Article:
By Wednesday – less than 5 days into our 190+ day school year – it became clear that something had to change. That same day I read, or at the very least saw, for the umpteenth time one of those articles saying how Bill Gates and Steve Jobs never let their kids have devices. “Great for them,” I remember sarcastically thinking. But then, I seriously thought, what if instead of acting like technology is the enemy (because I don’t think it is ), we accepted it and use it to encourage learning?
“I’ll make you a deal,” I told my girls. “Read for 20 minutes, and then you can watch one show. In fact, you can watch shows for as many minutes as you read for.”
Suddenly, instead of whining about reading, they pulled out their books and settled into chairs. Before we knew it, 20 minutes had passed.
“So if I read for more, I get two shows?” my first grader asked.
“Yes,” I said. “In fact, if you read for an hour, you can watch shows for the rest of the night.”
“Really?!” they asked, shocked by this turn of events.
“Yep,” I said. I did the math in my head – they get home around 6:30. By the time they start reading, it’s 7. If they read for an hour, it’s 8. They start getting ready for bed by 9:30 at the latest, meaning that’s maybe 1.5 hours of iPad at most. While not ideal, it’s probably not going to turn their brains to mush.
“I’ll take that deal,” my oldest said.
“Me too,” her sister echoed.
And for the next hour – aside for the occasional “how much more time?” – there was silence. No complaining. No whining. Just reading.
The timer went off.
My sixth grader went off to watch some WWE. My first grader – who I have struggled to motivate – had 2 pages left to finish her book.
“I really want to finish my book so I can get another one tomorrow,” she said.
“You can do that,” I pointed out.
So she did. She read 117-pages of Junie B. Jones in one evening.
Thursday night, they came in the door and pulled out their books.
“Same deal, right? Read for an hour, unlimited shows,” my sixth grader confirmed.
Deal still stood.
She set the timer. Only this time, no one asked me how much time was left. They just read. Then the beep sounded – and they kept reading!
“I just want to finish this chapter,” my sixth grader said. (She’s reading a mother-censored version of “My Fight/Your Fight.”)
“Me too, I have 10 pages left, and then I am done,” my first grader said. This is a girl, who has never willingly read a chapter book cover-to-cover, finishing her second one in a night.
I remember early on when we founded 7 Generation Games, someone asked, “Well, yeah, but are the kids just learning the math part in your products so they can get to the game part? Or are they learning it because they want to be learning it?”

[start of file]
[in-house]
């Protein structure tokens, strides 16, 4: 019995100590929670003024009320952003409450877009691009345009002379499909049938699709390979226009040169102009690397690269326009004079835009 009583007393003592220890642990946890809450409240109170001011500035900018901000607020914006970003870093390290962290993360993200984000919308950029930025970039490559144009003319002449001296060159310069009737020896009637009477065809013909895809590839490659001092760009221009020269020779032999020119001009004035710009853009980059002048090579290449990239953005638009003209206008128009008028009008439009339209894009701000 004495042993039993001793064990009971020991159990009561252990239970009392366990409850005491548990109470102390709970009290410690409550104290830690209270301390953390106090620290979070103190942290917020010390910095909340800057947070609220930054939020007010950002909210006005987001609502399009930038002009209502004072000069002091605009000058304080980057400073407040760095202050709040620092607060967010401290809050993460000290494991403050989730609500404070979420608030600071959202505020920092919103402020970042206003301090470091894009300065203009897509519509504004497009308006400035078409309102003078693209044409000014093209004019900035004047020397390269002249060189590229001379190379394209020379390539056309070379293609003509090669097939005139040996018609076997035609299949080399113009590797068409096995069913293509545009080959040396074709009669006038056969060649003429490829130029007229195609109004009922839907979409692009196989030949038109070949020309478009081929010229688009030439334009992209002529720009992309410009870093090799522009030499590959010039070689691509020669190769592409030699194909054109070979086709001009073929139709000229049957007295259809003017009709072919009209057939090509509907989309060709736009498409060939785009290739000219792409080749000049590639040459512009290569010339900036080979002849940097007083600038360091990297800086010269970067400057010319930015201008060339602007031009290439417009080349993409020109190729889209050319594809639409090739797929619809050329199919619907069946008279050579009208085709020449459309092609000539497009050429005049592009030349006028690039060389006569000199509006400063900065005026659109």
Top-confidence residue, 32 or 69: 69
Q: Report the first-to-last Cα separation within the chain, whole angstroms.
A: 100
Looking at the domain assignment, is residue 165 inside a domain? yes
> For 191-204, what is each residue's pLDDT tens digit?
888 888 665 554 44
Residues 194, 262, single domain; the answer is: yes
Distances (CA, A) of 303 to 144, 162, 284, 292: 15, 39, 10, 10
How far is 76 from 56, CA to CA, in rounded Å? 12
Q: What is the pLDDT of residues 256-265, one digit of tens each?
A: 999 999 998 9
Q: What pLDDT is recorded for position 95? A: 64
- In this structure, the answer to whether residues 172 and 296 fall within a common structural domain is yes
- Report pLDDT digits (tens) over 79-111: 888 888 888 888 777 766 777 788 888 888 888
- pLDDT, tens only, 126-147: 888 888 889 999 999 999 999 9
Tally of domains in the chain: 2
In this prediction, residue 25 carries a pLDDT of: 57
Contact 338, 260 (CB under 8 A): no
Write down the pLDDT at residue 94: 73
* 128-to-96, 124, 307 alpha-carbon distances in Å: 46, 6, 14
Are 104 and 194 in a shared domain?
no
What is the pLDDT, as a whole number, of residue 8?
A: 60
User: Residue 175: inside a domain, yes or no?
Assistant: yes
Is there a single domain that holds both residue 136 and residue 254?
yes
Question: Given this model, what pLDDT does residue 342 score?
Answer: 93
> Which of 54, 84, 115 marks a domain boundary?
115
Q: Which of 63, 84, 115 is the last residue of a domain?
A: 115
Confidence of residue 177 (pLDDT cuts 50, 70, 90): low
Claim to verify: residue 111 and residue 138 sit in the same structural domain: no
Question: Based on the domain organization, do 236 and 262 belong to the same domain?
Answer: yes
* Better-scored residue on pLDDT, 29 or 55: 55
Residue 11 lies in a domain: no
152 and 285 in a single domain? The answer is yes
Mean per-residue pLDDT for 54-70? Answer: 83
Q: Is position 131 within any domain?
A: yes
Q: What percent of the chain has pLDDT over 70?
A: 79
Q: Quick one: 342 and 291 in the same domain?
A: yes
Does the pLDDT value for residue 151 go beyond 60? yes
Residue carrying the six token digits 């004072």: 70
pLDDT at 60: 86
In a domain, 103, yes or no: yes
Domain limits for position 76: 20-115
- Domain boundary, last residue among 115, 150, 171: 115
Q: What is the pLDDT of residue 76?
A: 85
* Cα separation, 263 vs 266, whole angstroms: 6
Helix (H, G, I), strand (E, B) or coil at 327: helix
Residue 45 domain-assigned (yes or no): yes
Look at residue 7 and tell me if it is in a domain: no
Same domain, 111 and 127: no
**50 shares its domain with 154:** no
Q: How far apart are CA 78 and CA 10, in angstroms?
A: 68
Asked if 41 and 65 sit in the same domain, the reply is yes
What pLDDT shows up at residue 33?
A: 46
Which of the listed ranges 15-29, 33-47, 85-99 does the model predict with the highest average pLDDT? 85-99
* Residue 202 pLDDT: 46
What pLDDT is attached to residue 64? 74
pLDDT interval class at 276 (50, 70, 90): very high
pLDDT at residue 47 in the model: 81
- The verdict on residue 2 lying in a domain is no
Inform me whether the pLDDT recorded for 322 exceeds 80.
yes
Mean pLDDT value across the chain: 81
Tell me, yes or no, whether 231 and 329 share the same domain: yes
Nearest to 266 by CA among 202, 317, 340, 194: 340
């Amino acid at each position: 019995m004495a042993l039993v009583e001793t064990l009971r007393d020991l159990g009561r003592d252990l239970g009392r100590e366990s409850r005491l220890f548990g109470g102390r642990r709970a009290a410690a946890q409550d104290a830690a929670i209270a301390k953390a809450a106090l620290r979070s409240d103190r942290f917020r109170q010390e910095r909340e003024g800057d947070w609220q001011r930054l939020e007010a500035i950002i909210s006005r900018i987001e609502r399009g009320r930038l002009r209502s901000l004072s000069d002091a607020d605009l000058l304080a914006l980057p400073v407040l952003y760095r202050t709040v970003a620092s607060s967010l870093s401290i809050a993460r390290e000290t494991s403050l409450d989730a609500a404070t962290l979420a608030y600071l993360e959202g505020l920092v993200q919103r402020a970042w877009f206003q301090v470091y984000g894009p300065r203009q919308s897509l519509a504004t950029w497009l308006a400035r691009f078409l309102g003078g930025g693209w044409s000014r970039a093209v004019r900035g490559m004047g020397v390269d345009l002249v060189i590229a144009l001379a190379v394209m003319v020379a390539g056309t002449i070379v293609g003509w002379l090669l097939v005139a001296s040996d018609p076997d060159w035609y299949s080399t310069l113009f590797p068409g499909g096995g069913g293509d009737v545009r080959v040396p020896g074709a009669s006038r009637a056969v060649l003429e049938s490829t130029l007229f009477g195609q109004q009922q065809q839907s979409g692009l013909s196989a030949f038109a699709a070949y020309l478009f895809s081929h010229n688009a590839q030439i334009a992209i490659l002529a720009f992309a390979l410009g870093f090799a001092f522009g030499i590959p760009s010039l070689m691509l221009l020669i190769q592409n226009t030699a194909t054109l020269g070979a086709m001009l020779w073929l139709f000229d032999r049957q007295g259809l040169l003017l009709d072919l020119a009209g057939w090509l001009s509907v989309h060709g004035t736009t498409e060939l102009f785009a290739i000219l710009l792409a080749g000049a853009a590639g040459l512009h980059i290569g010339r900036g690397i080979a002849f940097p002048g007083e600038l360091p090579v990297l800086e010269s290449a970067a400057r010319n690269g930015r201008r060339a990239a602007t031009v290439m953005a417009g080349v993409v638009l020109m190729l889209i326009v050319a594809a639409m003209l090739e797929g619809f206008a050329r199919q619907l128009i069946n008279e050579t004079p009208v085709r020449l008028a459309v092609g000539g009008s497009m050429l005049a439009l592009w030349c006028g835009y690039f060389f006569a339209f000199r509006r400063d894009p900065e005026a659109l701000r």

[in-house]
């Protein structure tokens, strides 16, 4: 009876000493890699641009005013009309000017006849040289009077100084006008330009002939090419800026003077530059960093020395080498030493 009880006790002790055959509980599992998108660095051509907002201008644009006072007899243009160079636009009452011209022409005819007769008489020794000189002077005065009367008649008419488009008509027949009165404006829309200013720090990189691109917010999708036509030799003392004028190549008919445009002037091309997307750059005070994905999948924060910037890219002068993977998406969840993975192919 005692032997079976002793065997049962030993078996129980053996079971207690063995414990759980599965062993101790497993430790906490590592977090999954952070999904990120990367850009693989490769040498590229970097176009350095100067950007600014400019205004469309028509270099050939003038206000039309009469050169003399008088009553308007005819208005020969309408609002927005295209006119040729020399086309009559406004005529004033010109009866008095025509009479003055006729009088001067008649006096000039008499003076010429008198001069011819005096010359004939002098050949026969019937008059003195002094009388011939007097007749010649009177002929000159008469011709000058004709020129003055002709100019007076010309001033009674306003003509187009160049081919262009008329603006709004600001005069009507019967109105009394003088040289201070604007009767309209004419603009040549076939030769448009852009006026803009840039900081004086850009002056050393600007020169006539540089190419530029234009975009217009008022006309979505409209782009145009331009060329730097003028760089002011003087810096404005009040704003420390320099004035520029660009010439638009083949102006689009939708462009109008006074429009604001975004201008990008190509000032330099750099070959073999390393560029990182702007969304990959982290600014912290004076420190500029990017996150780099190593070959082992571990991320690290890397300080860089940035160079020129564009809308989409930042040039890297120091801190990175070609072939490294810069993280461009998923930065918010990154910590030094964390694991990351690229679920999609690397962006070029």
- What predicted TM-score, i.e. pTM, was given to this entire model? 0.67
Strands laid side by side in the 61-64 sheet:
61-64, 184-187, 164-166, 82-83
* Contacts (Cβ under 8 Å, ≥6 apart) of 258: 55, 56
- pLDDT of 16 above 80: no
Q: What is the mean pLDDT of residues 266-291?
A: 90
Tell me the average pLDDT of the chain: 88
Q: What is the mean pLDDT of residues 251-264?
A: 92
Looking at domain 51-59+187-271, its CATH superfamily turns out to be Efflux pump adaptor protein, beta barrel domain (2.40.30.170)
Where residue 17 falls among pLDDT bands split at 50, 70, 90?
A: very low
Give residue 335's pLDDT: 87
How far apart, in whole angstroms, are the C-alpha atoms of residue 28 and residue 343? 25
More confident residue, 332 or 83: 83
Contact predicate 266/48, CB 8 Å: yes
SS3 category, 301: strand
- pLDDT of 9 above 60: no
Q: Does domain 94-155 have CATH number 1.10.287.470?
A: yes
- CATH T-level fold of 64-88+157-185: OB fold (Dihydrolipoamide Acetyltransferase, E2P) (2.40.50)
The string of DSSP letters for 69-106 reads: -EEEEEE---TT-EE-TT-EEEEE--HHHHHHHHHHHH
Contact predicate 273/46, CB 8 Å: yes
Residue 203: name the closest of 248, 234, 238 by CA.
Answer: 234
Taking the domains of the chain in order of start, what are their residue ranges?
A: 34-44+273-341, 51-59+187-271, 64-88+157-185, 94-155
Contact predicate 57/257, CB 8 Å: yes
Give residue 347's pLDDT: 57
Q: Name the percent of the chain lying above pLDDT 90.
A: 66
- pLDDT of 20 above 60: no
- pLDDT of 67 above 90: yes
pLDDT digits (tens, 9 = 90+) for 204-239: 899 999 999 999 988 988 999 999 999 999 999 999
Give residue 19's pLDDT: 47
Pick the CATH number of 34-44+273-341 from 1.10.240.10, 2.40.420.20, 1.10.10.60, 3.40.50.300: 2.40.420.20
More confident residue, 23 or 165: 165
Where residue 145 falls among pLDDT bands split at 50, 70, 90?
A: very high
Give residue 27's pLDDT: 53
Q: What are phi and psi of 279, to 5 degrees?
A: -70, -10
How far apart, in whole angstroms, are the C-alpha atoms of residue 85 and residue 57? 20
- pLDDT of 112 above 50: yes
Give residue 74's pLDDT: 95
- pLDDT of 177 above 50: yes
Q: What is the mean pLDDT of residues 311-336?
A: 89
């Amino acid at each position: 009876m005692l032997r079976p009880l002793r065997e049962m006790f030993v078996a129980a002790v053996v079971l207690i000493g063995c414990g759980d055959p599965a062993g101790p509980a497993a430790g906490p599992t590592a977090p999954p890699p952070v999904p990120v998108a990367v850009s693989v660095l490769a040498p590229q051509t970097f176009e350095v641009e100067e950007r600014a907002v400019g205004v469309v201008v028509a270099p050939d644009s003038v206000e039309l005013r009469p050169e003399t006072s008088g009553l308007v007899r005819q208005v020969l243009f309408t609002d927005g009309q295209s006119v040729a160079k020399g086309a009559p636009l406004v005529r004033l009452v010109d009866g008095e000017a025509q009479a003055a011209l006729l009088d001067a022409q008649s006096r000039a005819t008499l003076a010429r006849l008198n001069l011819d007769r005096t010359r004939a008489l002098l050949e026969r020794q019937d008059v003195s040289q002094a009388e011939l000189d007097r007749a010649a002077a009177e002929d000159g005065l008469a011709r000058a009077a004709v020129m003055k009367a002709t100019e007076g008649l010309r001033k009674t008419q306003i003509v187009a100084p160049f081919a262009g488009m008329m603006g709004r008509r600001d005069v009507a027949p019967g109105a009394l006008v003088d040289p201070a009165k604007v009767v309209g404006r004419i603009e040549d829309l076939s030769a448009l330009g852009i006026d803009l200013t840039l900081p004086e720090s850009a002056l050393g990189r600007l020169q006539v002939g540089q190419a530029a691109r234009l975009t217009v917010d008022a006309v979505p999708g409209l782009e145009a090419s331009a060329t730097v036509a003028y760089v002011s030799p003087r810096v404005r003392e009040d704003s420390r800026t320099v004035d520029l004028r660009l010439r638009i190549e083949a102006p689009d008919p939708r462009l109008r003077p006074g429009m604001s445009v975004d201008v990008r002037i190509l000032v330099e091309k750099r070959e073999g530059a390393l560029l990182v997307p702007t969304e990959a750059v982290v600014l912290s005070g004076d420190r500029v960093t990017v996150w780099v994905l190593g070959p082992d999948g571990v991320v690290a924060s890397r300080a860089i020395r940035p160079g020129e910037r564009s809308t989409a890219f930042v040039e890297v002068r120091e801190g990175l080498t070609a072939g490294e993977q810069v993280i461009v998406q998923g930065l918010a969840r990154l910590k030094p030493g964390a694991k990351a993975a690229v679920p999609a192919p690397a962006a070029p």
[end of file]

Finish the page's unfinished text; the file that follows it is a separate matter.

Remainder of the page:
Our answer was, “If they’re learning it, does it really matter why? If they come out of it at the end knowing how to multiply, that’s the important part.”
Would I like my daughters to have a deep love to reading? Of course – and they very well may get to that point. That said, if faced with having them willingly read – even if it’s a means to an end- and having them not read, I’d go with Option 1 every time.
When you look at it in the bigger picture, it makes sense. We want our children to have an innate love of learning – and in the perfect world, they would. But let’s be honest, at the end of the day, whether they’re innately interested or not, they need to learn the material. They need to do math. They need to read.
Think about your daily life. it would be amazing if all of the things that we had to do were so enjoyable that we just wanted to do them without reward. But we – as adults, no matter how much we love our jobs – go to work and expect to be paid. We expect to somehow be compensated for our time and effort with something we appreciate (i.e. money). What if we approached learning with that idea, with an understanding that learning is “work” in mind?
Because learning is a lot of work. I know because we’ve observed literally thousands of kids in classrooms over the years. Providing kids with incentive to learn is what we have been doing at 7 Generation Games since we founded the company with our design centered around the idea of “solve a problem/master a concept, be rewarded with gameplay.”
I’m not saying that I’m going to start paying my kids for going to school, but if they’re willing to put in an exponential amount more effort so they can watch a couple of shows on Netflix, I’m more than happy to hand them their iPads.